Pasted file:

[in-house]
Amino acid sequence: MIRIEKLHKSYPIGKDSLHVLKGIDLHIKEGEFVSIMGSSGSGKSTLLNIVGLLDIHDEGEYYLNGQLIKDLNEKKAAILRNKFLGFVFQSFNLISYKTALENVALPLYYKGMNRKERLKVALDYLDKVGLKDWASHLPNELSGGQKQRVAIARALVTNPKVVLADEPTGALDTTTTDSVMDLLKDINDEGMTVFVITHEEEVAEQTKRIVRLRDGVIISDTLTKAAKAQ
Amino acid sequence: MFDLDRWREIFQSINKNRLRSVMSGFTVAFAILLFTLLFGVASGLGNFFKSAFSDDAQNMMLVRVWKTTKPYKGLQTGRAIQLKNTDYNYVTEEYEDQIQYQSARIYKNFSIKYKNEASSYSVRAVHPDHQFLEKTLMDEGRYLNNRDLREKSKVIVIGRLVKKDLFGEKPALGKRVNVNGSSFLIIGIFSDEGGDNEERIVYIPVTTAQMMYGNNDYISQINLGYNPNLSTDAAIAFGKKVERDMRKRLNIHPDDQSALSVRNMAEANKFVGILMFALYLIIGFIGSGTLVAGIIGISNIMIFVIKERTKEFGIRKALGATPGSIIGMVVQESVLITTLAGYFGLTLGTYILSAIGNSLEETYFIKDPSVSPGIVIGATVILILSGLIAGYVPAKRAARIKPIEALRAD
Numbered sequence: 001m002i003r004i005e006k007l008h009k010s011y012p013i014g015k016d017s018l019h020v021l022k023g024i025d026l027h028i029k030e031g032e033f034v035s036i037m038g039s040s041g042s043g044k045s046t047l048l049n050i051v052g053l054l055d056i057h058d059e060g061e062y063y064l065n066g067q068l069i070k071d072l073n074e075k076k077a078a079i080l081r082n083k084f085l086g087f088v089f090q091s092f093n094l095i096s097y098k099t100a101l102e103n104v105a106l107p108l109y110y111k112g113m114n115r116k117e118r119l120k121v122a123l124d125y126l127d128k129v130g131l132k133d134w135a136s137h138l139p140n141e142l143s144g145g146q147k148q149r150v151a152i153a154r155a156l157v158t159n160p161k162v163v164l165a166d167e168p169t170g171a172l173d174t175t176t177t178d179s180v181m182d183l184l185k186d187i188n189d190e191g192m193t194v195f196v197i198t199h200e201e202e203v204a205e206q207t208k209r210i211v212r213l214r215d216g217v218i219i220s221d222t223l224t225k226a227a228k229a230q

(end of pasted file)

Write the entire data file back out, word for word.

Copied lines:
[in-house]
Amino acid sequence: MIRIEKLHKSYPIGKDSLHVLKGIDLHIKEGEFVSIMGSSGSGKSTLLNIVGLLDIHDEGEYYLNGQLIKDLNEKKAAILRNKFLGFVFQSFNLISYKTALENVALPLYYKGMNRKERLKVALDYLDKVGLKDWASHLPNELSGGQKQRVAIARALVTNPKVVLADEPTGALDTTTTDSVMDLLKDINDEGMTVFVITHEEEVAEQTKRIVRLRDGVIISDTLTKAAKAQ
Amino acid sequence: MFDLDRWREIFQSINKNRLRSVMSGFTVAFAILLFTLLFGVASGLGNFFKSAFSDDAQNMMLVRVWKTTKPYKGLQTGRAIQLKNTDYNYVTEEYEDQIQYQSARIYKNFSIKYKNEASSYSVRAVHPDHQFLEKTLMDEGRYLNNRDLREKSKVIVIGRLVKKDLFGEKPALGKRVNVNGSSFLIIGIFSDEGGDNEERIVYIPVTTAQMMYGNNDYISQINLGYNPNLSTDAAIAFGKKVERDMRKRLNIHPDDQSALSVRNMAEANKFVGILMFALYLIIGFIGSGTLVAGIIGISNIMIFVIKERTKEFGIRKALGATPGSIIGMVVQESVLITTLAGYFGLTLGTYILSAIGNSLEETYFIKDPSVSPGIVIGATVILILSGLIAGYVPAKRAARIKPIEALRAD
Numbered sequence: 001m002i003r004i005e006k007l008h009k010s011y012p013i014g015k016d017s018l019h020v021l022k023g024i025d026l027h028i029k030e031g032e033f034v035s036i037m038g039s040s041g042s043g044k045s046t047l048l049n050i051v052g053l054l055d056i057h058d059e060g061e062y063y064l065n066g067q068l069i070k071d072l073n074e075k076k077a078a079i080l081r082n083k084f085l086g087f088v089f090q091s092f093n094l095i096s097y098k099t100a101l102e103n104v105a106l107p108l109y110y111k112g113m114n115r116k117e118r119l120k121v122a123l124d125y126l127d128k129v130g131l132k133d134w135a136s137h138l139p140n141e142l143s144g145g146q147k148q149r150v151a152i153a154r155a156l157v158t159n160p161k162v163v164l165a166d167e168p169t170g171a172l173d174t175t176t177t178d179s180v181m182d183l184l185k186d187i188n189d190e191g192m193t194v195f196v197i198t199h200e201e202e203v204a205e206q207t208k209r210i211v212r213l214r215d216g217v218i219i220s221d222t223l224t225k226a227a228k229a230q